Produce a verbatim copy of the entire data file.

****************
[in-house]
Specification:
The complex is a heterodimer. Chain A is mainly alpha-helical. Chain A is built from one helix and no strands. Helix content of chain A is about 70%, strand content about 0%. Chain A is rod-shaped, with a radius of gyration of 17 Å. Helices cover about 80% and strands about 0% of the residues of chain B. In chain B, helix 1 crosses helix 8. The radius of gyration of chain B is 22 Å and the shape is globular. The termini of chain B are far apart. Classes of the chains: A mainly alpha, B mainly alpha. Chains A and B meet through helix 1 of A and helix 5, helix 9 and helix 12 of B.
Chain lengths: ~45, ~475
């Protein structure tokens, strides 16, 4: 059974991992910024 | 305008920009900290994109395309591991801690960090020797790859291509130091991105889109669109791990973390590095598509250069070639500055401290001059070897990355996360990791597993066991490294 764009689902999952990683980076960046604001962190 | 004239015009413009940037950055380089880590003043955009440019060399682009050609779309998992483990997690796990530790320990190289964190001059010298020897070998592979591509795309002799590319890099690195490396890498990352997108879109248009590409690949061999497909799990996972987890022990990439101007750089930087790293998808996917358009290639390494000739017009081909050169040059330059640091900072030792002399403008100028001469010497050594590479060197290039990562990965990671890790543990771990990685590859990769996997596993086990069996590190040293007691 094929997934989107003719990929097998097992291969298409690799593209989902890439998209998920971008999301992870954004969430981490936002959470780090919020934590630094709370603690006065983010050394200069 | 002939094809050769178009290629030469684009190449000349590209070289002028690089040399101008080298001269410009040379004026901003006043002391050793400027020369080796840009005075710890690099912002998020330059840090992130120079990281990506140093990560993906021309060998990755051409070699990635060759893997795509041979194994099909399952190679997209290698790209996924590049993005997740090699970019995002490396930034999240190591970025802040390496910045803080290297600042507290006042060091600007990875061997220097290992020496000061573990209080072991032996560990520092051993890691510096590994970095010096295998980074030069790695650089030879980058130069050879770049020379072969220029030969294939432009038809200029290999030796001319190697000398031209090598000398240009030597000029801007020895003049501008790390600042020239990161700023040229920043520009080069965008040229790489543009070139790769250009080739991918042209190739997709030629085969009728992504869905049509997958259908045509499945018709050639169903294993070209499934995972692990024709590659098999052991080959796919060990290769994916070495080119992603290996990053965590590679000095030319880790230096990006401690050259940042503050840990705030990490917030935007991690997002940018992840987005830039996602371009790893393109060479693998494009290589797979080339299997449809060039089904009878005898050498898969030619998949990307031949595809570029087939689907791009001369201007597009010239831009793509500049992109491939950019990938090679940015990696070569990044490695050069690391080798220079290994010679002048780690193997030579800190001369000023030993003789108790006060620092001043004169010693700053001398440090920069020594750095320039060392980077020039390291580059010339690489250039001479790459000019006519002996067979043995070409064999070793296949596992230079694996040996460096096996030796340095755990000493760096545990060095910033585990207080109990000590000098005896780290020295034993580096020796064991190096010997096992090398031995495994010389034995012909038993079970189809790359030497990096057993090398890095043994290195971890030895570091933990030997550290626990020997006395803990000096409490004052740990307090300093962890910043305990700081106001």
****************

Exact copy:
[in-house]
Specification:
The complex is a heterodimer. Chain A is mainly alpha-helical. Chain A is built from one helix and no strands. Helix content of chain A is about 70%, strand content about 0%. Chain A is rod-shaped, with a radius of gyration of 17 Å. Helices cover about 80% and strands about 0% of the residues of chain B. In chain B, helix 1 crosses helix 8. The radius of gyration of chain B is 22 Å and the shape is globular. The termini of chain B are far apart. Classes of the chains: A mainly alpha, B mainly alpha. Chains A and B meet through helix 1 of A and helix 5, helix 9 and helix 12 of B.
Chain lengths: ~45, ~475
């Protein structure tokens, strides 16, 4: 059974991992910024 | 305008920009900290994109395309591991801690960090020797790859291509130091991105889109669109791990973390590095598509250069070639500055401290001059070897990355996360990791597993066991490294 764009689902999952990683980076960046604001962190 | 004239015009413009940037950055380089880590003043955009440019060399682009050609779309998992483990997690796990530790320990190289964190001059010298020897070998592979591509795309002799590319890099690195490396890498990352997108879109248009590409690949061999497909799990996972987890022990990439101007750089930087790293998808996917358009290639390494000739017009081909050169040059330059640091900072030792002399403008100028001469010497050594590479060197290039990562990965990671890790543990771990990685590859990769996997596993086990069996590190040293007691 094929997934989107003719990929097998097992291969298409690799593209989902890439998209998920971008999301992870954004969430981490936002959470780090919020934590630094709370603690006065983010050394200069 | 002939094809050769178009290629030469684009190449000349590209070289002028690089040399101008080298001269410009040379004026901003006043002391050793400027020369080796840009005075710890690099912002998020330059840090992130120079990281990506140093990560993906021309060998990755051409070699990635060759893997795509041979194994099909399952190679997209290698790209996924590049993005997740090699970019995002490396930034999240190591970025802040390496910045803080290297600042507290006042060091600007990875061997220097290992020496000061573990209080072991032996560990520092051993890691510096590994970095010096295998980074030069790695650089030879980058130069050879770049020379072969220029030969294939432009038809200029290999030796001319190697000398031209090598000398240009030597000029801007020895003049501008790390600042020239990161700023040229920043520009080069965008040229790489543009070139790769250009080739991918042209190739997709030629085969009728992504869905049509997958259908045509499945018709050639169903294993070209499934995972692990024709590659098999052991080959796919060990290769994916070495080119992603290996990053965590590679000095030319880790230096990006401690050259940042503050840990705030990490917030935007991690997002940018992840987005830039996602371009790893393109060479693998494009290589797979080339299997449809060039089904009878005898050498898969030619998949990307031949595809570029087939689907791009001369201007597009010239831009793509500049992109491939950019990938090679940015990696070569990044490695050069690391080798220079290994010679002048780690193997030579800190001369000023030993003789108790006060620092001043004169010693700053001398440090920069020594750095320039060392980077020039390291580059010339690489250039001479790459000019006519002996067979043995070409064999070793296949596992230079694996040996460096096996030796340095755990000493760096545990060095910033585990207080109990000590000098005896780290020295034993580096020796064991190096010997096992090398031995495994010389034995012909038993079970189809790359030497990096057993090398890095043994290195971890030895570091933990030997550290626990020997006395803990000096409490004052740990307090300093962890910043305990700081106001």